Life-Saving Precision is in the Details
At Protomatic, “Life-Saving Precision” is the bar we set for every component we support and manufacture. Whether for medical or aerospace, we know that our parts can save lives. So we’re not just demanding about details. We’re obsessive.
It begins with making sure the materials we receive are what we ordered and the material certification matches. To verify that there was no mix-up in the supplier’s shipping process, Protomatic uses X-Ray Fluorescence (XRF) inspection upon receiving to determine the chemistry of all received material. This device tests the actual metal alloy. This is then confirmed with the shipper and mill certification to prevent a mistake.
How is this done?
XRF analyzers measure the fluorescent (or secondary) X-ray emitted from a sample when it is excited by a primary X-ray source. This spectral response is then used to determine the specific alloy’s elemental mix and then compared to alloy tables to report the actual alloy.
Another step in the process is to create a detailed process sheet. Here, we plan for and measure each characteristic (dimension) to make sure parts are acceptable at an agreed quality limit (AQL) sampling level. These measurements are checked at a defined sampling interval, as well as events like at every shift change, process adjustment, or special event. A special event like a power surge or outage (rain/ice/wind/heat event) may cause the machine to need to be reset or partially reset, which can create an incomplete feature during the machining cycle. Protomatic has special electronic circuitry within most machines called “Early Power-Failure Detection.” The CNC machine tool then minimizes these events.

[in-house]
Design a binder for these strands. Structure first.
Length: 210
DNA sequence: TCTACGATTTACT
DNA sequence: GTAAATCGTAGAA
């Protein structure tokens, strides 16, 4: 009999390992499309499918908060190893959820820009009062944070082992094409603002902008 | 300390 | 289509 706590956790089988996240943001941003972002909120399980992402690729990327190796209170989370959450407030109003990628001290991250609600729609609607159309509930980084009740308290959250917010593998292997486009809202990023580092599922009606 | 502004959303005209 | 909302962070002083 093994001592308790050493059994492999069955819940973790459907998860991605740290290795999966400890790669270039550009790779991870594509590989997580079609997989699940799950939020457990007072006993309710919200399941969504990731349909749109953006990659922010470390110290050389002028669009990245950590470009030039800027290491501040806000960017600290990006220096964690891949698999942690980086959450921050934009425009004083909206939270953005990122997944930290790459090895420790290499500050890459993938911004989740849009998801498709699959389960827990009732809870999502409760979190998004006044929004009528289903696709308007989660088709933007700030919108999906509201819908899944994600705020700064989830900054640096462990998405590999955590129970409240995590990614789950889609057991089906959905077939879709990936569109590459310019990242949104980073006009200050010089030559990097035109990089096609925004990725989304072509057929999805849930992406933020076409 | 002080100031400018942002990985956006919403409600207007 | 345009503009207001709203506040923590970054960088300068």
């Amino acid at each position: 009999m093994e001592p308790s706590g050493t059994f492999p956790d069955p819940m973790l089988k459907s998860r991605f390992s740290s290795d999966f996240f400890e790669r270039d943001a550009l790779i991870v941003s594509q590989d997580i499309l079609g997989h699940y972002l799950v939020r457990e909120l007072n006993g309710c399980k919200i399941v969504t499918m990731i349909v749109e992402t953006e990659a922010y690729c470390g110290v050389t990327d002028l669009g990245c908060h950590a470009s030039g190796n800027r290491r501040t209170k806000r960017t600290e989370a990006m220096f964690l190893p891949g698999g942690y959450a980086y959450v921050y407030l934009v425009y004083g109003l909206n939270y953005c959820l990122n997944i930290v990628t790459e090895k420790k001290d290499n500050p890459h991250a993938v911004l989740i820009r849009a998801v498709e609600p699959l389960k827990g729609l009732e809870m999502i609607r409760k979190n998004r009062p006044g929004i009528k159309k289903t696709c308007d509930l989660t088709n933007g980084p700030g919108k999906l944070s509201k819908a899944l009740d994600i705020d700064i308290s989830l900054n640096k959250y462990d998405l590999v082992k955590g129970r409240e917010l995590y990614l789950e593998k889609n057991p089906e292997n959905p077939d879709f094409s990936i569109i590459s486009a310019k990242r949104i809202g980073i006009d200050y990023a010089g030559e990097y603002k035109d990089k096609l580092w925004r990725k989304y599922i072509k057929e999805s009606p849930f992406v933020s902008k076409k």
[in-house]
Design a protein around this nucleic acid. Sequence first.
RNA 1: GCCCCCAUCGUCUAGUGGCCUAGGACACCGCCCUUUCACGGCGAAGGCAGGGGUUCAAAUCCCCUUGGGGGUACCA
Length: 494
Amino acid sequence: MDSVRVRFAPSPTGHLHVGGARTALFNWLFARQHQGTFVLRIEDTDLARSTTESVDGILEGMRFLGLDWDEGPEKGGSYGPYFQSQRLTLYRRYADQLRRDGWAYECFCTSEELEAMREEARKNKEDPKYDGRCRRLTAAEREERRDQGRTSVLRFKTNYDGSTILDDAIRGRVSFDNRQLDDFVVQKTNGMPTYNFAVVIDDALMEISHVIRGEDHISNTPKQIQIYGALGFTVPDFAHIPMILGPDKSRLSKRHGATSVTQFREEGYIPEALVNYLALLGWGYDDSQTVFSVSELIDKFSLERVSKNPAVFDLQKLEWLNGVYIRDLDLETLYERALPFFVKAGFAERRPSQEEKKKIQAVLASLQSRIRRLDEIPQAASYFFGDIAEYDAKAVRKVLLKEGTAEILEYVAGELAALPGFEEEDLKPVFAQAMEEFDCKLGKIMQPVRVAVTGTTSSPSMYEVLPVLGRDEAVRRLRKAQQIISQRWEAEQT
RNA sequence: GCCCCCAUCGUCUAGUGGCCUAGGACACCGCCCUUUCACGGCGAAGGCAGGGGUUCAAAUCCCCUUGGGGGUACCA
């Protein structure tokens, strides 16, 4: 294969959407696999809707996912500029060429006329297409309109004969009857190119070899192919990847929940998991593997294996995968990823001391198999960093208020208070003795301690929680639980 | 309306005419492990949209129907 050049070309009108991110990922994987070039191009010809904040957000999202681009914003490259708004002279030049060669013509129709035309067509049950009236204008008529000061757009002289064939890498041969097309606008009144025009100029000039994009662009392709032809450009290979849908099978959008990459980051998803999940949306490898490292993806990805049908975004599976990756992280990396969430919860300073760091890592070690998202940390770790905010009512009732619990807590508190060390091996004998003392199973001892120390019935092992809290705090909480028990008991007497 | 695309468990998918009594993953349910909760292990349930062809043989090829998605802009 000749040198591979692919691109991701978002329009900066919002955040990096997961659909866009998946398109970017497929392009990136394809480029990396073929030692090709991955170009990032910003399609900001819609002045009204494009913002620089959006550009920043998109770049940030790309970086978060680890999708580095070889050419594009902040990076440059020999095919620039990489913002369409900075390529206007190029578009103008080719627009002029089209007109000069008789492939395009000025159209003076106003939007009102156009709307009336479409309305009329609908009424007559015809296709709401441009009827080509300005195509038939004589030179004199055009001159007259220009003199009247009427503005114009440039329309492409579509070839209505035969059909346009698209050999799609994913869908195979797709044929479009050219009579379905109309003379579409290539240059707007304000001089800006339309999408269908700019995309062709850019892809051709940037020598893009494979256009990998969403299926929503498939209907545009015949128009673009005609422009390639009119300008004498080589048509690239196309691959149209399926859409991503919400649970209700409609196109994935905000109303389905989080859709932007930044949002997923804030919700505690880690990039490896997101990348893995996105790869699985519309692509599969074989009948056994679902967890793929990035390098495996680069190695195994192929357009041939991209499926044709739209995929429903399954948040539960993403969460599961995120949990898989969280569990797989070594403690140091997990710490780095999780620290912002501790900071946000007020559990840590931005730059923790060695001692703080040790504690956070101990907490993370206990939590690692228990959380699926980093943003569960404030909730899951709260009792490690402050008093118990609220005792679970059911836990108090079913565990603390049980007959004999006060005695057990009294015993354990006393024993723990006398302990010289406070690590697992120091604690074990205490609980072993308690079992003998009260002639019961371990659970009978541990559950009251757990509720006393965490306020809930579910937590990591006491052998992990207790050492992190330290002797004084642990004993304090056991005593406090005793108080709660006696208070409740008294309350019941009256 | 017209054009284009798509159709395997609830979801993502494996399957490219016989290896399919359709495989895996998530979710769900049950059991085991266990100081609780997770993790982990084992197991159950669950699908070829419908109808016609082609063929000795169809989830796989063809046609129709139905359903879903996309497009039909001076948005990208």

Measuring and R&R
One of the more difficult areas in manufacturing precision parts is related to “accuracy and precision” of the measuring instrument. As many industries demand increasingly more precise parts, finishes are critical. Material characteristics like CTE (Coefficient of Thermal Expansion), hardness, coating thicknesses, temperature of the measurement create more product variations and difficulty of measurements. So we employ standard and more extreme methods in the pursuit of precision parts.
10 times better, the standard method
Protomatic maximizes measurements with the most accurate instruments possible. The common rule of thumb is that the measuring instrument must be 10x more precise than the feature tolerance on the part being measured (This is known as the 10% rule). That means that if a part tolerance is within 0.001″, the instrument measuring it must be capable of at least 0.0001″.
No relaxing with this R&R, more extreme method
To further enhance measurement accuracy, we use a technique called R&R — Reliability and Repeatability. Reliability calls for maintaining the level of quality over time. Repeatability means the system design must produce the same high-quality product time after time. This is important because systems that do not meet Repeatability standards often produce scattered results.
The R&R method
R&R requires that multiple parts (typically 10) are measured with multiple operators (typically 3), all to be measured using the same instrument. The goal at Protomatic is to determine the instruments’ R&R value. With this information, we can determine the measurement’s uncertainty. The goal is for a less than 10% R&R. Over the years, we have seen that many instruments may not meet the criteria. So, control limits then can be set to provide acceptance criteria. This assures a high degree of confidence that we will always ship acceptable parts.
Protomatic measures up
Protomatic is committed to meeting and exceeding the highest standards of quality in everything we do. It’s the only way we know to constantly provide our customers with components designed and made with Life-Saving Precision. For more information, please contact our VP/General Manager, Doug Wetzel: Doug@Protomatic.com.
About the author: Doug Wetzel is Vice President and General Manager of Protomatic. Protomatic is a CNC precision machining shop specializing in prototype and short-run production components for the medical, aerospace and other technical industries. Because of the critical nature of the parts they design and manufacture, the emphasis is always on Life-Saving Precision.